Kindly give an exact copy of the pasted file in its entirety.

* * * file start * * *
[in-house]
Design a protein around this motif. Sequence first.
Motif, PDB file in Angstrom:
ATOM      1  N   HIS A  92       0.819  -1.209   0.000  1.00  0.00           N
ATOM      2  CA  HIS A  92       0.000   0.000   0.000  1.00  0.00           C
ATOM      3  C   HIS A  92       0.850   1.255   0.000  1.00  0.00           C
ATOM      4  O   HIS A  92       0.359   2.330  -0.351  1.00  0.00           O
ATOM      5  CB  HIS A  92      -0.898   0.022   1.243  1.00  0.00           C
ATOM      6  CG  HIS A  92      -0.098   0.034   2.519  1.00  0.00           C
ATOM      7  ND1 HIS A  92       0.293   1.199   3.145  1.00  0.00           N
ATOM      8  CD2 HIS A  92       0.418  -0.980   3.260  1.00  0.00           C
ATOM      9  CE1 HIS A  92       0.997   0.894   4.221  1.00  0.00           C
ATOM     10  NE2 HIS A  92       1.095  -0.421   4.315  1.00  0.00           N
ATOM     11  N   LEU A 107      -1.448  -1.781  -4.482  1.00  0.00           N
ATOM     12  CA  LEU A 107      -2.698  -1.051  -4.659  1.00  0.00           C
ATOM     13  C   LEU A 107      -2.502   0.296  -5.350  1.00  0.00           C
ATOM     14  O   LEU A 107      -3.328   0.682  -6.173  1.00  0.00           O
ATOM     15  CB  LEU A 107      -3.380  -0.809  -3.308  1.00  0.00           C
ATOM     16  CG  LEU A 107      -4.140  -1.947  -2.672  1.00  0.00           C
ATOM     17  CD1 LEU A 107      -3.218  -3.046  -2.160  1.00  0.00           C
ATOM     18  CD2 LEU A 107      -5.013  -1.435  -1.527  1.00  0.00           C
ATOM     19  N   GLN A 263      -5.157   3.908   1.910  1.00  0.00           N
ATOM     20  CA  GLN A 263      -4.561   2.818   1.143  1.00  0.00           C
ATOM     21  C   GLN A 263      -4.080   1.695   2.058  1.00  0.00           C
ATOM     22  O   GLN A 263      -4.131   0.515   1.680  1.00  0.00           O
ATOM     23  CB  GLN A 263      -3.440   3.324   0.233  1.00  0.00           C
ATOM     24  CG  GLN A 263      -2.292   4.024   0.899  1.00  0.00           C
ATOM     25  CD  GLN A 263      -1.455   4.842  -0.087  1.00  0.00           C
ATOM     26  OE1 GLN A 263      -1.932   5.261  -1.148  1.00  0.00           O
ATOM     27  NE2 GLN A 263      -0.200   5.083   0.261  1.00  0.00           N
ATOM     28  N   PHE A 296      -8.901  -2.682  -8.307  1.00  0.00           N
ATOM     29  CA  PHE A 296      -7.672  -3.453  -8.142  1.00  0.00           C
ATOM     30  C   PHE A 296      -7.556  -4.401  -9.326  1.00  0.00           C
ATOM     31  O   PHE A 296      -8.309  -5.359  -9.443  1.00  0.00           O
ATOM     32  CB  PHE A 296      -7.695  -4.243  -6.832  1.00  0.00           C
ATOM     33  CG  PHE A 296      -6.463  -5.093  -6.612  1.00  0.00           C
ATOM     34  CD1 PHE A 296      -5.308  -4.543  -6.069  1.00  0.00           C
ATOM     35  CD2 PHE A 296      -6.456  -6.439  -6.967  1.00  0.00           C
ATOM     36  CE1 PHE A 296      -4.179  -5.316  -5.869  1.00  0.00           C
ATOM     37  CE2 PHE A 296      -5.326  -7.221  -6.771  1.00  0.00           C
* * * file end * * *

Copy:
[in-house]
Design a protein around this motif. Sequence first.
Motif, PDB file in Angstrom:
ATOM      1  N   HIS A  92       0.819  -1.209   0.000  1.00  0.00           N
ATOM      2  CA  HIS A  92       0.000   0.000   0.000  1.00  0.00           C
ATOM      3  C   HIS A  92       0.850   1.255   0.000  1.00  0.00           C
ATOM      4  O   HIS A  92       0.359   2.330  -0.351  1.00  0.00           O
ATOM      5  CB  HIS A  92      -0.898   0.022   1.243  1.00  0.00           C
ATOM      6  CG  HIS A  92      -0.098   0.034   2.519  1.00  0.00           C
ATOM      7  ND1 HIS A  92       0.293   1.199   3.145  1.00  0.00           N
ATOM      8  CD2 HIS A  92       0.418  -0.980   3.260  1.00  0.00           C
ATOM      9  CE1 HIS A  92       0.997   0.894   4.221  1.00  0.00           C
ATOM     10  NE2 HIS A  92       1.095  -0.421   4.315  1.00  0.00           N
ATOM     11  N   LEU A 107      -1.448  -1.781  -4.482  1.00  0.00           N
ATOM     12  CA  LEU A 107      -2.698  -1.051  -4.659  1.00  0.00           C
ATOM     13  C   LEU A 107      -2.502   0.296  -5.350  1.00  0.00           C
ATOM     14  O   LEU A 107      -3.328   0.682  -6.173  1.00  0.00           O
ATOM     15  CB  LEU A 107      -3.380  -0.809  -3.308  1.00  0.00           C
ATOM     16  CG  LEU A 107      -4.140  -1.947  -2.672  1.00  0.00           C
ATOM     17  CD1 LEU A 107      -3.218  -3.046  -2.160  1.00  0.00           C
ATOM     18  CD2 LEU A 107      -5.013  -1.435  -1.527  1.00  0.00           C
ATOM     19  N   GLN A 263      -5.157   3.908   1.910  1.00  0.00           N
ATOM     20  CA  GLN A 263      -4.561   2.818   1.143  1.00  0.00           C
ATOM     21  C   GLN A 263      -4.080   1.695   2.058  1.00  0.00           C
ATOM     22  O   GLN A 263      -4.131   0.515   1.680  1.00  0.00           O
ATOM     23  CB  GLN A 263      -3.440   3.324   0.233  1.00  0.00           C
ATOM     24  CG  GLN A 263      -2.292   4.024   0.899  1.00  0.00           C
ATOM     25  CD  GLN A 263      -1.455   4.842  -0.087  1.00  0.00           C
ATOM     26  OE1 GLN A 263      -1.932   5.261  -1.148  1.00  0.00           O
ATOM     27  NE2 GLN A 263      -0.200   5.083   0.261  1.00  0.00           N
ATOM     28  N   PHE A 296      -8.901  -2.682  -8.307  1.00  0.00           N
ATOM     29  CA  PHE A 296      -7.672  -3.453  -8.142  1.00  0.00           C
ATOM     30  C   PHE A 296      -7.556  -4.401  -9.326  1.00  0.00           C
ATOM     31  O   PHE A 296      -8.309  -5.359  -9.443  1.00  0.00           O
ATOM     32  CB  PHE A 296      -7.695  -4.243  -6.832  1.00  0.00           C
ATOM     33  CG  PHE A 296      -6.463  -5.093  -6.612  1.00  0.00           C
ATOM     34  CD1 PHE A 296      -5.308  -4.543  -6.069  1.00  0.00           C
ATOM     35  CD2 PHE A 296      -6.456  -6.439  -6.967  1.00  0.00           C
ATOM     36  CE1 PHE A 296      -4.179  -5.316  -5.869  1.00  0.00           C
ATOM     37  CE2 PHE A 296      -5.326  -7.221  -6.771  1.00  0.00           C